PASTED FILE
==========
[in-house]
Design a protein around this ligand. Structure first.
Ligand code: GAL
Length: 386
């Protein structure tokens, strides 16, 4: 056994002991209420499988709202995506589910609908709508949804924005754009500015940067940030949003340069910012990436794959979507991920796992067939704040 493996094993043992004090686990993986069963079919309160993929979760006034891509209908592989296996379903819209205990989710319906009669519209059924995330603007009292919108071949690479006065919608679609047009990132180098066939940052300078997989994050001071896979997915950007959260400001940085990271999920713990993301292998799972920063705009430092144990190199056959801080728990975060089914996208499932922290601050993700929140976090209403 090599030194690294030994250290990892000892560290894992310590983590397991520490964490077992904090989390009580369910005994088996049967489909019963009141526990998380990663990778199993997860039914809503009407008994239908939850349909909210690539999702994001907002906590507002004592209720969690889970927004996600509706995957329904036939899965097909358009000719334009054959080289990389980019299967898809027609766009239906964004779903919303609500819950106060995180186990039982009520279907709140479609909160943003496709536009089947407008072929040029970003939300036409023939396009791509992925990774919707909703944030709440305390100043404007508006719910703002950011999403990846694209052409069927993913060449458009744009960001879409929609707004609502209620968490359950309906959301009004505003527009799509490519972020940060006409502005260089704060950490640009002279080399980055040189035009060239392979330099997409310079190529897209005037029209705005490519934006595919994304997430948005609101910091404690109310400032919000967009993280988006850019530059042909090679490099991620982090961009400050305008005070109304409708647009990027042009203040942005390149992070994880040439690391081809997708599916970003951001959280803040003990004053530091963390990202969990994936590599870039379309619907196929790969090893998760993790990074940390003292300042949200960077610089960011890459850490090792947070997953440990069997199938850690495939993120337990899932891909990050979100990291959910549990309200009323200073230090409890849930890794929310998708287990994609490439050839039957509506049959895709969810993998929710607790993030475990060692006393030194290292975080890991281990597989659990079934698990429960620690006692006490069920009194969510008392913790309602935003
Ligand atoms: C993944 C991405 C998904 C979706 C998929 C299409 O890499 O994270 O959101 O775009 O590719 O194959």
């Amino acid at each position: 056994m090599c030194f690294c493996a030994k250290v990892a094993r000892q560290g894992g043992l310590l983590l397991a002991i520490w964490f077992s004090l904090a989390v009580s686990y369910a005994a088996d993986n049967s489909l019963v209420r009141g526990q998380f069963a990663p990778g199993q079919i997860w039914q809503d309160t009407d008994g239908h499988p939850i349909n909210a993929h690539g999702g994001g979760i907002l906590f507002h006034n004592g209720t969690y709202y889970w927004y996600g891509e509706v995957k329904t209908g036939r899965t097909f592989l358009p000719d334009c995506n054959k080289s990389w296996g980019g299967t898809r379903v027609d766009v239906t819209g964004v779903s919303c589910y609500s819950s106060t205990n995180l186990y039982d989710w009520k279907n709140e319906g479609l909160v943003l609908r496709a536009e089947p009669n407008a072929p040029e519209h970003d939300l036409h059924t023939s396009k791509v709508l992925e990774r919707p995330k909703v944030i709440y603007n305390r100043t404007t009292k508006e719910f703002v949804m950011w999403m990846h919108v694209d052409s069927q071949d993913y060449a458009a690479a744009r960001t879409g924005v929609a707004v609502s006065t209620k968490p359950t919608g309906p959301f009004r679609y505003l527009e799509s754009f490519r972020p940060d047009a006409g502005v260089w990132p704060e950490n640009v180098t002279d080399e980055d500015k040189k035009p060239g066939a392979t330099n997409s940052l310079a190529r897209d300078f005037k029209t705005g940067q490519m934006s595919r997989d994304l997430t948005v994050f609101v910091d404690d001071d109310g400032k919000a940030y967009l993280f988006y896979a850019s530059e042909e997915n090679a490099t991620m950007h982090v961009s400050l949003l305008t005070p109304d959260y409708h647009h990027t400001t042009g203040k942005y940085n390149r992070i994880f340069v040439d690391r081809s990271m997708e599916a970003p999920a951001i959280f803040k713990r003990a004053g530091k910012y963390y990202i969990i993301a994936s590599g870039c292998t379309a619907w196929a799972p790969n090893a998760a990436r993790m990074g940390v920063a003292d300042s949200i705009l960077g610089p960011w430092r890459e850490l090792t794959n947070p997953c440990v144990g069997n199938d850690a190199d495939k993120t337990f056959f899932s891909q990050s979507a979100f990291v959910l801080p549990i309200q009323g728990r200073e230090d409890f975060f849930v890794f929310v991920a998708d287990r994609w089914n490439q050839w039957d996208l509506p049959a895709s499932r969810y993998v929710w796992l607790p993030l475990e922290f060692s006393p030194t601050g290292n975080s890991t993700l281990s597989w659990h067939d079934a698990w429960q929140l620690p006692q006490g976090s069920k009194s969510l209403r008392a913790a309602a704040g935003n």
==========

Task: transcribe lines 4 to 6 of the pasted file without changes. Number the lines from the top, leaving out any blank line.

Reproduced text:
Length: 386
């Protein structure tokens, strides 16, 4: 056994002991209420499988709202995506589910609908709508949804924005754009500015940067940030949003340069910012990436794959979507991920796992067939704040 493996094993043992004090686990993986069963079919309160993929979760006034891509209908592989296996379903819209205990989710319906009669519209059924995330603007009292919108071949690479006065919608679609047009990132180098066939940052300078997989994050001071896979997915950007959260400001940085990271999920713990993301292998799972920063705009430092144990190199056959801080728990975060089914996208499932922290601050993700929140976090209403 090599030194690294030994250290990892000892560290894992310590983590397991520490964490077992904090989390009580369910005994088996049967489909019963009141526990998380990663990778199993997860039914809503009407008994239908939850349909909210690539999702994001907002906590507002004592209720969690889970927004996600509706995957329904036939899965097909358009000719334009054959080289990389980019299967898809027609766009239906964004779903919303609500819950106060995180186990039982009520279907709140479609909160943003496709536009089947407008072929040029970003939300036409023939396009791509992925990774919707909703944030709440305390100043404007508006719910703002950011999403990846694209052409069927993913060449458009744009960001879409929609707004609502209620968490359950309906959301009004505003527009799509490519972020940060006409502005260089704060950490640009002279080399980055040189035009060239392979330099997409310079190529897209005037029209705005490519934006595919994304997430948005609101910091404690109310400032919000967009993280988006850019530059042909090679490099991620982090961009400050305008005070109304409708647009990027042009203040942005390149992070994880040439690391081809997708599916970003951001959280803040003990004053530091963390990202969990994936590599870039379309619907196929790969090893998760993790990074940390003292300042949200960077610089960011890459850490090792947070997953440990069997199938850690495939993120337990899932891909990050979100990291959910549990309200009323200073230090409890849930890794929310998708287990994609490439050839039957509506049959895709969810993998929710607790993030475990060692006393030194290292975080890991281990597989659990079934698990429960620690006692006490069920009194969510008392913790309602935003
Ligand atoms: C993944 C991405 C998904 C979706 C998929 C299409 O890499 O994270 O959101 O775009 O590719 O194959």